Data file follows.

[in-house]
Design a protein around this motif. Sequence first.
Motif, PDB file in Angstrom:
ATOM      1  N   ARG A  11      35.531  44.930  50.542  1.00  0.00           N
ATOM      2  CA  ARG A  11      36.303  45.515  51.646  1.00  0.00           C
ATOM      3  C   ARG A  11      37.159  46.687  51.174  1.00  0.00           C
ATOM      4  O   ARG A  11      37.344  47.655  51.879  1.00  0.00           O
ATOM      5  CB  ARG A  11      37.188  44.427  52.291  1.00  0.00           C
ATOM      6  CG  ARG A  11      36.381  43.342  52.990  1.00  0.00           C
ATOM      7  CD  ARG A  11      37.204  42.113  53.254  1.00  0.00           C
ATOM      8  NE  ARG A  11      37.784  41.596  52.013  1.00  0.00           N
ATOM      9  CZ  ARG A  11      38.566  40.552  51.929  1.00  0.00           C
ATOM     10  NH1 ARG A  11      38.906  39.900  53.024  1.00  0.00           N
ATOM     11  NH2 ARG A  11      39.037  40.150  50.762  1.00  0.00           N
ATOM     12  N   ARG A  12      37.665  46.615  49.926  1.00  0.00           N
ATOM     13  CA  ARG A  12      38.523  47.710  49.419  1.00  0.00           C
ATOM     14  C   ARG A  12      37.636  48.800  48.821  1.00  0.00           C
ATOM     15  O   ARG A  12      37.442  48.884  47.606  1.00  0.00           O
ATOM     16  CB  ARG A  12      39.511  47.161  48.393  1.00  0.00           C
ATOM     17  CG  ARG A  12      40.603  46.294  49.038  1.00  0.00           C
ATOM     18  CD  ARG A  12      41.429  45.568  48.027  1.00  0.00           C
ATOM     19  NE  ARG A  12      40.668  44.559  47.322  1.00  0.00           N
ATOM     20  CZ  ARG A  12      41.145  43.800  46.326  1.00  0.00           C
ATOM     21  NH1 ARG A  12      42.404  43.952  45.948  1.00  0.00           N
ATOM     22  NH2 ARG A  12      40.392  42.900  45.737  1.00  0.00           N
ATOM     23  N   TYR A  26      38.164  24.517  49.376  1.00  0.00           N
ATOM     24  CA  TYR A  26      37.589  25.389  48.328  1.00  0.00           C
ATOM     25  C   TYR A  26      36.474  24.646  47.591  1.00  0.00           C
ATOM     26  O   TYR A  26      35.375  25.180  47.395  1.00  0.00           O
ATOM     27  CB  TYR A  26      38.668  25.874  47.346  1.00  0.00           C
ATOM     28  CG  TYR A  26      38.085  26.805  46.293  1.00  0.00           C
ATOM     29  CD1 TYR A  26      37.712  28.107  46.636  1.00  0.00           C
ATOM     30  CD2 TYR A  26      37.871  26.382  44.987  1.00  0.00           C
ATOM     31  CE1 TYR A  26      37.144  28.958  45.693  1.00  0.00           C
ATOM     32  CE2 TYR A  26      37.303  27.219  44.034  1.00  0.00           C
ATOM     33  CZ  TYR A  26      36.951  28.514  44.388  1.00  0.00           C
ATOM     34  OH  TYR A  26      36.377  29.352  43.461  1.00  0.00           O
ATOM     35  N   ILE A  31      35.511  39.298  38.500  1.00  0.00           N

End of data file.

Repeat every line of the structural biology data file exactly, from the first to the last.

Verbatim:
[in-house]
Design a protein around this motif. Sequence first.
Motif, PDB file in Angstrom:
ATOM      1  N   ARG A  11      35.531  44.930  50.542  1.00  0.00           N
ATOM      2  CA  ARG A  11      36.303  45.515  51.646  1.00  0.00           C
ATOM      3  C   ARG A  11      37.159  46.687  51.174  1.00  0.00           C
ATOM      4  O   ARG A  11      37.344  47.655  51.879  1.00  0.00           O
ATOM      5  CB  ARG A  11      37.188  44.427  52.291  1.00  0.00           C
ATOM      6  CG  ARG A  11      36.381  43.342  52.990  1.00  0.00           C
ATOM      7  CD  ARG A  11      37.204  42.113  53.254  1.00  0.00           C
ATOM      8  NE  ARG A  11      37.784  41.596  52.013  1.00  0.00           N
ATOM      9  CZ  ARG A  11      38.566  40.552  51.929  1.00  0.00           C
ATOM     10  NH1 ARG A  11      38.906  39.900  53.024  1.00  0.00           N
ATOM     11  NH2 ARG A  11      39.037  40.150  50.762  1.00  0.00           N
ATOM     12  N   ARG A  12      37.665  46.615  49.926  1.00  0.00           N
ATOM     13  CA  ARG A  12      38.523  47.710  49.419  1.00  0.00           C
ATOM     14  C   ARG A  12      37.636  48.800  48.821  1.00  0.00           C
ATOM     15  O   ARG A  12      37.442  48.884  47.606  1.00  0.00           O
ATOM     16  CB  ARG A  12      39.511  47.161  48.393  1.00  0.00           C
ATOM     17  CG  ARG A  12      40.603  46.294  49.038  1.00  0.00           C
ATOM     18  CD  ARG A  12      41.429  45.568  48.027  1.00  0.00           C
ATOM     19  NE  ARG A  12      40.668  44.559  47.322  1.00  0.00           N
ATOM     20  CZ  ARG A  12      41.145  43.800  46.326  1.00  0.00           C
ATOM     21  NH1 ARG A  12      42.404  43.952  45.948  1.00  0.00           N
ATOM     22  NH2 ARG A  12      40.392  42.900  45.737  1.00  0.00           N
ATOM     23  N   TYR A  26      38.164  24.517  49.376  1.00  0.00           N
ATOM     24  CA  TYR A  26      37.589  25.389  48.328  1.00  0.00           C
ATOM     25  C   TYR A  26      36.474  24.646  47.591  1.00  0.00           C
ATOM     26  O   TYR A  26      35.375  25.180  47.395  1.00  0.00           O
ATOM     27  CB  TYR A  26      38.668  25.874  47.346  1.00  0.00           C
ATOM     28  CG  TYR A  26      38.085  26.805  46.293  1.00  0.00           C
ATOM     29  CD1 TYR A  26      37.712  28.107  46.636  1.00  0.00           C
ATOM     30  CD2 TYR A  26      37.871  26.382  44.987  1.00  0.00           C
ATOM     31  CE1 TYR A  26      37.144  28.958  45.693  1.00  0.00           C
ATOM     32  CE2 TYR A  26      37.303  27.219  44.034  1.00  0.00           C
ATOM     33  CZ  TYR A  26      36.951  28.514  44.388  1.00  0.00           C
ATOM     34  OH  TYR A  26      36.377  29.352  43.461  1.00  0.00           O
ATOM     35  N   ILE A  31      35.511  39.298  38.500  1.00  0.00           N